Iran and the Strait of Hormuz: lessons from an almost-forgotten tragedy
At a minimum, only crippling sanctions plus a serious threat of military force will have a chance of persuading Iran to abandon its nuclear weapons ambitions
With Iran threatening to close the Strait of Hormuz – the central artery of global oil transport – in response to Western sanctions, the prospects for US- Iran naval confrontation are at their highest since 1988. In that year, the US and Iran fought a limited naval war over shipping rights in the Persian Gulf.
Those 1988 battles ended only after a series of attacks, counter-attacks, and a tragic mistake. The challenge and outcome of those events offer insights into Iran’s likely conduct today.
Back then, the Iran-Iraq war was in its eighth year. Iraq was attacking Iranian oil exports. In response, Iran, led by the Ayatollah Khomeini, launched attacks on oil tankers from Kuwait and other Gulf states allied with Iraq.
Faced with such threats, Kuwait asked the American government to re-flag its oil tankers under the US flag. Such a move would commit the US Navy to protecting Kuwait’s tanker fleet against Iranian attacks.
With the Soviet Union also offering to re-flag Kuwait’s fleet, President Reagan preemptively accepted the invitation to safeguard Kuwaiti tankers.
As described in Kenneth Pollack’s masterful history of US- Iran relations, “The Persian Puzzle,” this move put the US and Iran on a direct collision course. Rather than back down, the Iranians initially responded with aggression and bluster.
Iran commenced laying mines in the Gulf’s shipping channels, and escalated attacks on Gulf shipping. In Teheran, the Revolutionary Guards hung a banner from their headquarters declaring, “The Persian Gulf will be the graveyard of the United States.”
After a US Navy frigate struck an Iranian mine, the US bombed the offshore oil platforms that Iran had used as bases for attacking Gulf shipping. Again the Iranians responded with aggression, unleashing its Navy and Air Force against US ships in the Gulf.
Within a few days, superior US weaponry devastated the small Iranian air-naval attack force, sinking several small attack boats, a missile boat, one frigate, and an F-4 bomber jet, and crippling another Iranian frigate.
Even though Iran’s armies were, at the same time, suffering massive defeats in the desert before a wave of Iraqi counter-attacks, Iran still refused to back down before the US Navy. In July of 1988, a further round of naval skirmishing brought about a terrible civilian tragedy.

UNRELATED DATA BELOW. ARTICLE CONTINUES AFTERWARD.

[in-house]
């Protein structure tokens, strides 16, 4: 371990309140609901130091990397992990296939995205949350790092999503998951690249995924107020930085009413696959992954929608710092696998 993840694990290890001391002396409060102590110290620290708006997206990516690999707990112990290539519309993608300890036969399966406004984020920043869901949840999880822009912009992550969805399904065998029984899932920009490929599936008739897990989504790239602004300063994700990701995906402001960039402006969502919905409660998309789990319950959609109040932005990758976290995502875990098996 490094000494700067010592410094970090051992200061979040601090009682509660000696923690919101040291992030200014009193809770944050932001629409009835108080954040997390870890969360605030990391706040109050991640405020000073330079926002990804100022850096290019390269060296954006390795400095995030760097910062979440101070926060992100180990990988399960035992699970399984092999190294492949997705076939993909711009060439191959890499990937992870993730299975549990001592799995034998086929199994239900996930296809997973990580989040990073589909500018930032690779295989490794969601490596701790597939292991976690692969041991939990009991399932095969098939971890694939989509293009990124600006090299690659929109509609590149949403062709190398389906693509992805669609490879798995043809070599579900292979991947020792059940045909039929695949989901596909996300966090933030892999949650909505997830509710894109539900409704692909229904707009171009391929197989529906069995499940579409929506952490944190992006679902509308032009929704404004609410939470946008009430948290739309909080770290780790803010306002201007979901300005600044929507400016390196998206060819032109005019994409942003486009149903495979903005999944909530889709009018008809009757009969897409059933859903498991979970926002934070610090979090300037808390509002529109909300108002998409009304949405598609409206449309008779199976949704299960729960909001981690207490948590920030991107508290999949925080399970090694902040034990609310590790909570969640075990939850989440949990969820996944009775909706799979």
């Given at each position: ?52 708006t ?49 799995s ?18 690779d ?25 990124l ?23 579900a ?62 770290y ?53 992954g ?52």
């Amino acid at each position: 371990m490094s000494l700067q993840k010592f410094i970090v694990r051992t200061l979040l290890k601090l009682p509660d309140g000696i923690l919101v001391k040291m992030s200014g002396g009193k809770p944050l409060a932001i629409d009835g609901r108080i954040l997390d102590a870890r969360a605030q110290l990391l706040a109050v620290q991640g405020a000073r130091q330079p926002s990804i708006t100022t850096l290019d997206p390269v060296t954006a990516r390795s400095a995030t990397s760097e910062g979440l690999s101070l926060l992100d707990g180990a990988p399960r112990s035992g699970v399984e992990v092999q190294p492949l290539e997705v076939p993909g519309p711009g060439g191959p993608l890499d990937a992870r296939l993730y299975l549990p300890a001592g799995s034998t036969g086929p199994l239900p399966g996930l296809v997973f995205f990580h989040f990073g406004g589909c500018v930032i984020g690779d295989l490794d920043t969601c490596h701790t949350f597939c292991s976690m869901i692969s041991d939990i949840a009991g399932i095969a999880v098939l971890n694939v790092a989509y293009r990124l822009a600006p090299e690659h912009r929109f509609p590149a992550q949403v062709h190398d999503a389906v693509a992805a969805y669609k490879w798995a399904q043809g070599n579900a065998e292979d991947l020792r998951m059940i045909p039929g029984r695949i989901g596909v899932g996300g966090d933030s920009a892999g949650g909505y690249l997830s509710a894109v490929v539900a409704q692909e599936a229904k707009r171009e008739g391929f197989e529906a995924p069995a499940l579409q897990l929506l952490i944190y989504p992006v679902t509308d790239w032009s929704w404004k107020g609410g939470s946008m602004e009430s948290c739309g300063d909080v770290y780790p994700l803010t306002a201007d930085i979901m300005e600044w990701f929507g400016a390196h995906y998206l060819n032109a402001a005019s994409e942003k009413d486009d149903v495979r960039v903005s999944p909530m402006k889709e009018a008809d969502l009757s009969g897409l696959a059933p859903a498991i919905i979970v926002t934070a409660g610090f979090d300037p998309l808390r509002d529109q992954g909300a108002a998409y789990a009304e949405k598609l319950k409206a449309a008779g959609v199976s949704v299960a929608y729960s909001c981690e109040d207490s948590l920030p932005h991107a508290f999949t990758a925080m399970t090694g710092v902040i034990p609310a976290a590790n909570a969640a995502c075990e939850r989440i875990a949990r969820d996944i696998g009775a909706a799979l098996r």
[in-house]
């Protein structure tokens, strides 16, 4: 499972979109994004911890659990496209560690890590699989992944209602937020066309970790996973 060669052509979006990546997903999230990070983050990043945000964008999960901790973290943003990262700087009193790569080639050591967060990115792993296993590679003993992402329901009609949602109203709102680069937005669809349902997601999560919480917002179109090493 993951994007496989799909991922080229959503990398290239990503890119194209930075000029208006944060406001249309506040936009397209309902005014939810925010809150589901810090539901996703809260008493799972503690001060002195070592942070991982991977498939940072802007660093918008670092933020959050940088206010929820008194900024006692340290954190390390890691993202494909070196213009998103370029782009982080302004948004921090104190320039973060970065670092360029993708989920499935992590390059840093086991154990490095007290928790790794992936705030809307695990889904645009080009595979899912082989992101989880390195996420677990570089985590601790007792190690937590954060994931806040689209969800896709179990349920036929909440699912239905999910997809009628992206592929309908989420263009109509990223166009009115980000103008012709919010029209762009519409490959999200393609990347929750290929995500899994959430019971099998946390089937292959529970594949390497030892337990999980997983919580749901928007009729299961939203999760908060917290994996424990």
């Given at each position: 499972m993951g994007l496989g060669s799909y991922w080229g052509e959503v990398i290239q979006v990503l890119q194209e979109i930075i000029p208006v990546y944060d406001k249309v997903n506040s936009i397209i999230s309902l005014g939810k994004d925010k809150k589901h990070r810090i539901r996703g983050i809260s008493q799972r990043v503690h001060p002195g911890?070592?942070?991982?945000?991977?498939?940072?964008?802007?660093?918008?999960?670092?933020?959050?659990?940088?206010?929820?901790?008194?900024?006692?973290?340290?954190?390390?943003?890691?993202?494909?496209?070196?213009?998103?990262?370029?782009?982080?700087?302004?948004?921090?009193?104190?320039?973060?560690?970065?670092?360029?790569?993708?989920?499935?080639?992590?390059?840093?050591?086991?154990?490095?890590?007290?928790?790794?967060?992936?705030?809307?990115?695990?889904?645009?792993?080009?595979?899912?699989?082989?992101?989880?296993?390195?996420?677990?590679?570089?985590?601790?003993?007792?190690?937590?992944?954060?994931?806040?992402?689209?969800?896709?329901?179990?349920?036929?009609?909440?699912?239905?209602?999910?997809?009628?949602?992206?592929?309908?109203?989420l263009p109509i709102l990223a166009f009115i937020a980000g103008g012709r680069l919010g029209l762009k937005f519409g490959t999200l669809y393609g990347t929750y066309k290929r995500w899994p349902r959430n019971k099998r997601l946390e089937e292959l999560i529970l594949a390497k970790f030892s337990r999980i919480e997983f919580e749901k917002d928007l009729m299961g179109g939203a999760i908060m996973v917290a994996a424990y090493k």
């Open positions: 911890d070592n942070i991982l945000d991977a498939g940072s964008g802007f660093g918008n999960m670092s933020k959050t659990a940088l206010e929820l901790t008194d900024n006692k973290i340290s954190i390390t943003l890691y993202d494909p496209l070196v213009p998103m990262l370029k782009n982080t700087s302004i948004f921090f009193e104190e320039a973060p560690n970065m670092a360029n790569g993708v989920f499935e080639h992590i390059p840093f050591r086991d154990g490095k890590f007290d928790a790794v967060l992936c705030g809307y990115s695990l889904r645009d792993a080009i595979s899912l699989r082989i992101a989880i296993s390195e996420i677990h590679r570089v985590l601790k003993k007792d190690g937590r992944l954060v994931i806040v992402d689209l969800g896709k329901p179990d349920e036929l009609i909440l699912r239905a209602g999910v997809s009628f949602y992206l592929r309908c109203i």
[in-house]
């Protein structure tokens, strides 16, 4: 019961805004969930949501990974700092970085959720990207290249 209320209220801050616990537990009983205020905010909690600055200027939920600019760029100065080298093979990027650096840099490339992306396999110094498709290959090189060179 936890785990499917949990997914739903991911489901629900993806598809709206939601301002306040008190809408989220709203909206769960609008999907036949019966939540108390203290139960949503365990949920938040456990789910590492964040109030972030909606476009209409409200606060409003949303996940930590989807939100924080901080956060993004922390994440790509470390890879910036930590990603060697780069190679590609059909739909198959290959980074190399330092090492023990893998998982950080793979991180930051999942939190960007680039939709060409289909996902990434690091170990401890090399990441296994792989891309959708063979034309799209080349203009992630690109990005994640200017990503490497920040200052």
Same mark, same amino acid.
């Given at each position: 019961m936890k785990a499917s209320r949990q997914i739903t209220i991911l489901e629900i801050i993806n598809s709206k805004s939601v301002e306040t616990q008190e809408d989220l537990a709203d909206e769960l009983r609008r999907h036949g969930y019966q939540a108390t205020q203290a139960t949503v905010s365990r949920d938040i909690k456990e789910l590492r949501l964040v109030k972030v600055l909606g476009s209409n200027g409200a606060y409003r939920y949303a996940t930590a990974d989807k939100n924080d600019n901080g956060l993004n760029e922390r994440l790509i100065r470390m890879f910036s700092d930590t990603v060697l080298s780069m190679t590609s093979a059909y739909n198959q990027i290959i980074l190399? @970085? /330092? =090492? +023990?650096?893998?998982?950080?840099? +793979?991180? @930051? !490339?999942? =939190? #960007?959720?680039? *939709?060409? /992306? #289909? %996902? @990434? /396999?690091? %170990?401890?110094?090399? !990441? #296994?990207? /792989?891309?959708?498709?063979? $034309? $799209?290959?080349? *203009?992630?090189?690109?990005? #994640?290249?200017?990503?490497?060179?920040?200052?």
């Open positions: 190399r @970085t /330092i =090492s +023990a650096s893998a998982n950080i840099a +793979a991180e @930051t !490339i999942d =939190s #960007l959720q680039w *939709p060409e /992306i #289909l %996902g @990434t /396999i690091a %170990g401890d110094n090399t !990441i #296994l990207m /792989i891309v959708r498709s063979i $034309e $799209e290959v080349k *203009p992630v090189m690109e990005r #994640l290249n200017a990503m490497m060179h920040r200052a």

After taking fire from Iranian naval craft, two oil tankers issued distress signals. US naval helicopters responded, and an Iranian boat fired on them. Just as US ships prepared a counter-attack, an Iranian passenger jet – Iran Air flight 655 – approached directly overhead.
Mistaking the passenger plane for an F-14 fighter jet, the USS. Vincennes fired two missiles, bringing down the plane. All 290 of the passengers and crew of Iran Air 655 were killed.
Pollack’s account of the wildly divergent assessments of this tragedy by Iranian and American leaders opens a window into the Iranian regime’s mindset. For America, the shooting of Iran Air 655 was a terrible mistake, for which the US eventually agreed to pay $61.8 million in compensation.
But to the Iranian regime, the shooting was no mistake – rather, it was uniformly viewed as a deliberate act, intended to show that America “was willing to do anything – including killing Iranian civilians – to bring down the Islamic republic.”
According to Pollack, the shoot-down of Iran Air 655 was the third of three events that fueled increased domestic opposition to Ayatollah Khomeini and broke the will of the Iranian regime, the other two being Iran’s battlefield losses to the Iraqis, and the show of overwhelming US naval force in the Gulf. Together, these led Iran to end its long war with Iraq, and to abandon its attacks on Gulf shipping.
What does this tell us about Iran’s likely conduct today, in its efforts to acquire nuclear weapons?
First, as the world already has seen, the Iranian regime’s initial reaction to US and western pressure is aggression and bluster. Expect a lot of push-back.
Second, the Iranian regime interprets its adversaries’ motives and conduct through a much more paranoid and conspiratorial lens than that of western countries. Do not expect gestures of good faith, or “engagement,” to elicit trust and goodwill.
Third, greater western pressure on the Iranian regime does not necessarily push the Iranian people to rally round its leaders. If the regime is made to appear weak or incompetent, it may well face greater internal opposition.
And fourth, when and only when the Iranian regime perceives the west as willing to deploy overwhelming force and take drastic measures – and especially if the regime’s competence is placed into question in the domestic sphere – then it might back down.
Accordingly, as is already evident, Iran will not abandon its nuclear weapons programme if faced with weak or “leaky” economic sanctions. Nor will it respond well to efforts of appeasement and conciliatory talk. And even strong sanctions will, at least initially, elicit only aggression and threats.
At a minimum, only crippling sanctions plus a serious threat of military force will have a chance of persuading Iran to abandon its nuclear weapons ambitions.
And even that may well be insufficient. Very possibly, only a military strike will prevent Iran from acquiring nuclear weapons.
Henry Kopel is an attorney with the US Department of Justice in Connecticut. The views here are his own, and do not reflect the views of the Justice Department
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